The Philadelphia Phillies announced the death of former pitcher David West who was suffering from brain cancer. He passed away on May 14. West is the sixth former Phillie player since 2003 that died from the malignancy.
Professor of Medicine at the NYU Langone Medical Center and Fox News medical contributor, Dr. Marc Siegel, believes that there should be an investigation to identify whether the demise of six former Phillies players from the same disease is coincidental or not. "It's a cluster, and it needs to be examined. The amount of incidents of deadly brain cancer are about three out of 100,000. This is three or four times that or more," Siegel told Fox & Friends
West, 57, was a World Series champion in 1991 with the Minnesota Twins, pitched four seasons for the Phillies 1993 to 1996. He also played in the MLB with the Mets and the Red Sox. Apart from West, the other five players who passed away after suffering from the same disease were Ken Brett in 2003, Tug McGraw and Johnny Oates in 2004, John Vukovich in 2007, and Darren Daulton in 2017.
The link between these former players that prompted Dr Siegel to call for an investigation is that five out of six of these players were either pitchers or catchers who were standing a little too close to radar guns at Veterans Stadium. Radar guns are basically used to measure the speed of the pitches to home plate. He also highlighted the exposure to chemicals used in old Astroturf for its maintenance as another contributing factor, Marca English reported.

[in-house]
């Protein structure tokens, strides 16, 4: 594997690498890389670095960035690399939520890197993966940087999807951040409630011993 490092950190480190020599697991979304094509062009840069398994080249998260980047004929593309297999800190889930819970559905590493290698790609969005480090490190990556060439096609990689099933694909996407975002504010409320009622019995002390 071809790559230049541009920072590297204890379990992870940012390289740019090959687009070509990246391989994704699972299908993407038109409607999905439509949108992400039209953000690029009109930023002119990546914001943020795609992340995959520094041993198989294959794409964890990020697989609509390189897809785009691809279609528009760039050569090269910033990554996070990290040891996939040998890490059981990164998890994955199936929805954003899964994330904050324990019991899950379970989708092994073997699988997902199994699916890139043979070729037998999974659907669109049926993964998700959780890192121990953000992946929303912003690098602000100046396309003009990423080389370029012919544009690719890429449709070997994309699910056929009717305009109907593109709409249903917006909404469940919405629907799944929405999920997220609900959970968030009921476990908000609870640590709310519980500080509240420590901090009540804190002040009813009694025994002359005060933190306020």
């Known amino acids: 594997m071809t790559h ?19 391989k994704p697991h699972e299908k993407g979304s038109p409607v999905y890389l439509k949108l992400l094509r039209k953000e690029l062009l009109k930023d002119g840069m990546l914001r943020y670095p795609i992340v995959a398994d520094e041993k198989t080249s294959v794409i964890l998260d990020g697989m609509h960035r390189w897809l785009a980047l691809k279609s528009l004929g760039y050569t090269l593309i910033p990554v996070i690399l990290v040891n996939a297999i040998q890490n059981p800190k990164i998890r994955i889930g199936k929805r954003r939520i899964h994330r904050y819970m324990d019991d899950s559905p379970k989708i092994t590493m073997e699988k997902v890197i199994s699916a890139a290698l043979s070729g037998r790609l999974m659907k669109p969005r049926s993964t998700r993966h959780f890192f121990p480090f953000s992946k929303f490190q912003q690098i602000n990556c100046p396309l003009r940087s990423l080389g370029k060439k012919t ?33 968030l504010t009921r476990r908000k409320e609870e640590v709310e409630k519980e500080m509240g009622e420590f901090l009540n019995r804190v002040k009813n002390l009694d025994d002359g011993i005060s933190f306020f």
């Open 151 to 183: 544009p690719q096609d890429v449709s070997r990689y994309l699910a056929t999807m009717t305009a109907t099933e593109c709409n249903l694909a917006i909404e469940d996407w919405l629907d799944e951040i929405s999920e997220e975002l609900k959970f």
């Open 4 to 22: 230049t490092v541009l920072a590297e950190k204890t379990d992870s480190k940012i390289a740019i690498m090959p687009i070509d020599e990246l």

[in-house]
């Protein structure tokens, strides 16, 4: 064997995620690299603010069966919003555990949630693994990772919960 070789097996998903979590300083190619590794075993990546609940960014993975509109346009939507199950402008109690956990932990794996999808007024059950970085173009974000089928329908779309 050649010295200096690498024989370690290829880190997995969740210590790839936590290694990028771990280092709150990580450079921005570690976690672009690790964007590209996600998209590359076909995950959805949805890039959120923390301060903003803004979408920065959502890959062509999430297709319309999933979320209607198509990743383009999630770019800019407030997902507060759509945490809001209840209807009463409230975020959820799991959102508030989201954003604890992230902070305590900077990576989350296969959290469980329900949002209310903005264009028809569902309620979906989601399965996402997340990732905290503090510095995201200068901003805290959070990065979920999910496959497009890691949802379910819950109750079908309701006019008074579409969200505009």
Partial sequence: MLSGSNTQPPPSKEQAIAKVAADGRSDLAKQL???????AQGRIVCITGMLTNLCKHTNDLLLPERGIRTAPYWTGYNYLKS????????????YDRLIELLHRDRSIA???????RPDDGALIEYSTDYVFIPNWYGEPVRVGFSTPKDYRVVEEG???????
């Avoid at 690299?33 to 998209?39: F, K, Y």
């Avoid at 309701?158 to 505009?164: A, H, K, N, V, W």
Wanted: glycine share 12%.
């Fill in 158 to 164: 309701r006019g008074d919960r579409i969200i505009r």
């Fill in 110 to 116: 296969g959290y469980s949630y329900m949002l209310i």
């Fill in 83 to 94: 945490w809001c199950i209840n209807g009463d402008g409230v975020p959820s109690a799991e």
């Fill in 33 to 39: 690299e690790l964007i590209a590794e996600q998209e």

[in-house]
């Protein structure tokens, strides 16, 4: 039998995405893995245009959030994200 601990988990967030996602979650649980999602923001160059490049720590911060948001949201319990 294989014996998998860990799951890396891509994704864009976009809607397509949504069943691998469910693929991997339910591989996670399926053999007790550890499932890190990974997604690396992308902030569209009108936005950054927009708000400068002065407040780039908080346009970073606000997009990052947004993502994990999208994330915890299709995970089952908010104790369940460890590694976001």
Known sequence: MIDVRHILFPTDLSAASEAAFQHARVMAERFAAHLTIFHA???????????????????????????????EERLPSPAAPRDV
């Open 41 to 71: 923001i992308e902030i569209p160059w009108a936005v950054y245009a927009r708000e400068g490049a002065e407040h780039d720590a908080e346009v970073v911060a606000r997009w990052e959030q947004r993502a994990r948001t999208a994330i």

"The military has done research on microwaves that are given at very high frequency and a lot of exposure. You get hundreds of incidences of the radar gun being used during a game. I'm not saying that's what it is â¦ but they have got to look more at the radar gun," he explained.
While many experts suspect a link the same way Dr Seigel does, there are also a few others like Larry Andersen, former pitcher for the Phillies who deems the matter as "confusing," because the former grounds crew did not have brain cancer as well as the Philadelphia Eagles who played at the same stadium. He also has not experienced any signs of the illness.
According to the NY Post, longtime Phillies manager and player Larry Bowa however, is of the opinion that a link exists especially after Daulton was diagnosed with the same disease, "It's very scary," Bowa said. "I know cancer is a big illness in our society, but to have that many (Phillies) guys get brain cancer â¦I'm not trying to blame anybody. It's just sort of strange that that can happen to one team playing at the Vet."